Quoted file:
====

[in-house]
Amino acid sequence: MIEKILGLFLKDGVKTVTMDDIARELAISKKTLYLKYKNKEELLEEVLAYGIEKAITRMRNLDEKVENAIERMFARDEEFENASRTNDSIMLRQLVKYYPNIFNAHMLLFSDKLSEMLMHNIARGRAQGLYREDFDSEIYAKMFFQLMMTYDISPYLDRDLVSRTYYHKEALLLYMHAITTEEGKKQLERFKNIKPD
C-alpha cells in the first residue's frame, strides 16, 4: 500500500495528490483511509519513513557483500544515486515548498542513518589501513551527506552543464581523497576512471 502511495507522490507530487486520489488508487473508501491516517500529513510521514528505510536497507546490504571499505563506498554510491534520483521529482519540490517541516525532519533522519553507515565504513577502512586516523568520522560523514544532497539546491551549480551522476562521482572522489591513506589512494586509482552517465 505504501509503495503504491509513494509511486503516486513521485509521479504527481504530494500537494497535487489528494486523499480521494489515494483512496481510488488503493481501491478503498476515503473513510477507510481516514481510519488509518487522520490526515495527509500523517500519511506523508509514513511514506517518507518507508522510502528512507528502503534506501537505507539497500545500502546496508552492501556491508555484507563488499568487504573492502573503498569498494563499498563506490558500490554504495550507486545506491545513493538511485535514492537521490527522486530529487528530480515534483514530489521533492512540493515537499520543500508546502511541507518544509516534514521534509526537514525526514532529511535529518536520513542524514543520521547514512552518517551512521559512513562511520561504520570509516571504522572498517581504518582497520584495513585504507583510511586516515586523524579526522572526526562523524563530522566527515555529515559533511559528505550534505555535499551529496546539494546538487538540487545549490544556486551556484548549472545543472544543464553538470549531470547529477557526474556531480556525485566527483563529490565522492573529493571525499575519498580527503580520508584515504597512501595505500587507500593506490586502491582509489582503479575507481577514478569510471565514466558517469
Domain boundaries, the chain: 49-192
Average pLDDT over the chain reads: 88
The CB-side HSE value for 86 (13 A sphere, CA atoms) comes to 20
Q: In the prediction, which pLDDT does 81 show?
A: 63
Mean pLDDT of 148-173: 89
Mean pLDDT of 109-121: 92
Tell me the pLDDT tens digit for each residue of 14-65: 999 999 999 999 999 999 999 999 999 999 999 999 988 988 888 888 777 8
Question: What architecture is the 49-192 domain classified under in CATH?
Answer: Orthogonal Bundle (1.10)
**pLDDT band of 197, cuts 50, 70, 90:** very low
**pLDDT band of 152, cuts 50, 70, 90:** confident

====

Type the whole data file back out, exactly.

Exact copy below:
[in-house]
Amino acid sequence: MIEKILGLFLKDGVKTVTMDDIARELAISKKTLYLKYKNKEELLEEVLAYGIEKAITRMRNLDEKVENAIERMFARDEEFENASRTNDSIMLRQLVKYYPNIFNAHMLLFSDKLSEMLMHNIARGRAQGLYREDFDSEIYAKMFFQLMMTYDISPYLDRDLVSRTYYHKEALLLYMHAITTEEGKKQLERFKNIKPD
C-alpha cells in the first residue's frame, strides 16, 4: 500500500495528490483511509519513513557483500544515486515548498542513518589501513551527506552543464581523497576512471 502511495507522490507530487486520489488508487473508501491516517500529513510521514528505510536497507546490504571499505563506498554510491534520483521529482519540490517541516525532519533522519553507515565504513577502512586516523568520522560523514544532497539546491551549480551522476562521482572522489591513506589512494586509482552517465 505504501509503495503504491509513494509511486503516486513521485509521479504527481504530494500537494497535487489528494486523499480521494489515494483512496481510488488503493481501491478503498476515503473513510477507510481516514481510519488509518487522520490526515495527509500523517500519511506523508509514513511514506517518507518507508522510502528512507528502503534506501537505507539497500545500502546496508552492501556491508555484507563488499568487504573492502573503498569498494563499498563506490558500490554504495550507486545506491545513493538511485535514492537521490527522486530529487528530480515534483514530489521533492512540493515537499520543500508546502511541507518544509516534514521534509526537514525526514532529511535529518536520513542524514543520521547514512552518517551512521559512513562511520561504520570509516571504522572498517581504518582497520584495513585504507583510511586516515586523524579526522572526526562523524563530522566527515555529515559533511559528505550534505555535499551529496546539494546538487538540487545549490544556486551556484548549472545543472544543464553538470549531470547529477557526474556531480556525485566527483563529490565522492573529493571525499575519498580527503580520508584515504597512501595505500587507500593506490586502491582509489582503479575507481577514478569510471565514466558517469
Domain boundaries, the chain: 49-192
Average pLDDT over the chain reads: 88
The CB-side HSE value for 86 (13 A sphere, CA atoms) comes to 20
Q: In the prediction, which pLDDT does 81 show?
A: 63
Mean pLDDT of 148-173: 89
Mean pLDDT of 109-121: 92
Tell me the pLDDT tens digit for each residue of 14-65: 999 999 999 999 999 999 999 999 999 999 999 999 988 988 888 888 777 8
Question: What architecture is the 49-192 domain classified under in CATH?
Answer: Orthogonal Bundle (1.10)
**pLDDT band of 197, cuts 50, 70, 90:** very low
**pLDDT band of 152, cuts 50, 70, 90:** confident